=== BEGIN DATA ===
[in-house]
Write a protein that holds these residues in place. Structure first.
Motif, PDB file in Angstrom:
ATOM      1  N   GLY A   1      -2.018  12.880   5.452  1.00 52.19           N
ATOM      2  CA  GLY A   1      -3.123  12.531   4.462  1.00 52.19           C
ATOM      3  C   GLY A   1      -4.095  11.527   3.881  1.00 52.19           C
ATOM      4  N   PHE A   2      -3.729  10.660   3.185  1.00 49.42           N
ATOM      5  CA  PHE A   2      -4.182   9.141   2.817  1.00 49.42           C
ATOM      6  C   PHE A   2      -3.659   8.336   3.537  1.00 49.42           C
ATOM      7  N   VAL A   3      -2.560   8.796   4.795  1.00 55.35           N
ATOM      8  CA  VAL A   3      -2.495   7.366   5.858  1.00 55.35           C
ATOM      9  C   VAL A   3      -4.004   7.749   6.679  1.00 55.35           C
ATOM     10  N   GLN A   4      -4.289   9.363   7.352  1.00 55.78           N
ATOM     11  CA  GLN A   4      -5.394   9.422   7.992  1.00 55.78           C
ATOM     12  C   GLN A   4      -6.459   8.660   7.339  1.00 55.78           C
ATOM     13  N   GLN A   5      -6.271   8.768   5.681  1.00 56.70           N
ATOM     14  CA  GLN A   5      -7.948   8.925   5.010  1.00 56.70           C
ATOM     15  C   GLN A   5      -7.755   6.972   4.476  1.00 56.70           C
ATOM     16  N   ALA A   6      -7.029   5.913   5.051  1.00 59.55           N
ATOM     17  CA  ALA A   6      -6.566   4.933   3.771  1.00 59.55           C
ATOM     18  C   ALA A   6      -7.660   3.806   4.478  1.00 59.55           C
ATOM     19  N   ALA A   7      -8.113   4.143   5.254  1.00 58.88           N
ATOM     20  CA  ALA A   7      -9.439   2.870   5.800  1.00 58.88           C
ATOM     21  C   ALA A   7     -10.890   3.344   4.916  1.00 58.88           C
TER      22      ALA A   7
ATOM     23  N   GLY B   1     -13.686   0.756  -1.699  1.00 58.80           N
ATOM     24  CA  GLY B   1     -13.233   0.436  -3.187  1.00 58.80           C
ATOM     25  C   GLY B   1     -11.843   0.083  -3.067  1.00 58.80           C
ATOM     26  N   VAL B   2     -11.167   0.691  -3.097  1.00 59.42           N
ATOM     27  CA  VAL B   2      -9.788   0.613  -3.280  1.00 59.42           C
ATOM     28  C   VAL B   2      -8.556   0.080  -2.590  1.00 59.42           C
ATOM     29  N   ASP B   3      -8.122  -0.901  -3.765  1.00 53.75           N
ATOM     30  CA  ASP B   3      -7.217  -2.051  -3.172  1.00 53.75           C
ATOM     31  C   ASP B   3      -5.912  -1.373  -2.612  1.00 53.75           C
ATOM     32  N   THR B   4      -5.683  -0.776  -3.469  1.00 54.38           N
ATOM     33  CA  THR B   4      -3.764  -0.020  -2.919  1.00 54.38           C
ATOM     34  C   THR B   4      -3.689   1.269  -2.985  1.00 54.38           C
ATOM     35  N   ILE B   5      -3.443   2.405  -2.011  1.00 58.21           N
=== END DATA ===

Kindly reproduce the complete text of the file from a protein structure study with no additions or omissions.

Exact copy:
[in-house]
Write a protein that holds these residues in place. Structure first.
Motif, PDB file in Angstrom:
ATOM      1  N   GLY A   1      -2.018  12.880   5.452  1.00 52.19           N
ATOM      2  CA  GLY A   1      -3.123  12.531   4.462  1.00 52.19           C
ATOM      3  C   GLY A   1      -4.095  11.527   3.881  1.00 52.19           C
ATOM      4  N   PHE A   2      -3.729  10.660   3.185  1.00 49.42           N
ATOM      5  CA  PHE A   2      -4.182   9.141   2.817  1.00 49.42           C
ATOM      6  C   PHE A   2      -3.659   8.336   3.537  1.00 49.42           C
ATOM      7  N   VAL A   3      -2.560   8.796   4.795  1.00 55.35           N
ATOM      8  CA  VAL A   3      -2.495   7.366   5.858  1.00 55.35           C
ATOM      9  C   VAL A   3      -4.004   7.749   6.679  1.00 55.35           C
ATOM     10  N   GLN A   4      -4.289   9.363   7.352  1.00 55.78           N
ATOM     11  CA  GLN A   4      -5.394   9.422   7.992  1.00 55.78           C
ATOM     12  C   GLN A   4      -6.459   8.660   7.339  1.00 55.78           C
ATOM     13  N   GLN A   5      -6.271   8.768   5.681  1.00 56.70           N
ATOM     14  CA  GLN A   5      -7.948   8.925   5.010  1.00 56.70           C
ATOM     15  C   GLN A   5      -7.755   6.972   4.476  1.00 56.70           C
ATOM     16  N   ALA A   6      -7.029   5.913   5.051  1.00 59.55           N
ATOM     17  CA  ALA A   6      -6.566   4.933   3.771  1.00 59.55           C
ATOM     18  C   ALA A   6      -7.660   3.806   4.478  1.00 59.55           C
ATOM     19  N   ALA A   7      -8.113   4.143   5.254  1.00 58.88           N
ATOM     20  CA  ALA A   7      -9.439   2.870   5.800  1.00 58.88           C
ATOM     21  C   ALA A   7     -10.890   3.344   4.916  1.00 58.88           C
TER      22      ALA A   7
ATOM     23  N   GLY B   1     -13.686   0.756  -1.699  1.00 58.80           N
ATOM     24  CA  GLY B   1     -13.233   0.436  -3.187  1.00 58.80           C
ATOM     25  C   GLY B   1     -11.843   0.083  -3.067  1.00 58.80           C
ATOM     26  N   VAL B   2     -11.167   0.691  -3.097  1.00 59.42           N
ATOM     27  CA  VAL B   2      -9.788   0.613  -3.280  1.00 59.42           C
ATOM     28  C   VAL B   2      -8.556   0.080  -2.590  1.00 59.42           C
ATOM     29  N   ASP B   3      -8.122  -0.901  -3.765  1.00 53.75           N
ATOM     30  CA  ASP B   3      -7.217  -2.051  -3.172  1.00 53.75           C
ATOM     31  C   ASP B   3      -5.912  -1.373  -2.612  1.00 53.75           C
ATOM     32  N   THR B   4      -5.683  -0.776  -3.469  1.00 54.38           N
ATOM     33  CA  THR B   4      -3.764  -0.020  -2.919  1.00 54.38           C
ATOM     34  C   THR B   4      -3.689   1.269  -2.985  1.00 54.38           C
ATOM     35  N   ILE B   5      -3.443   2.405  -2.011  1.00 58.21           N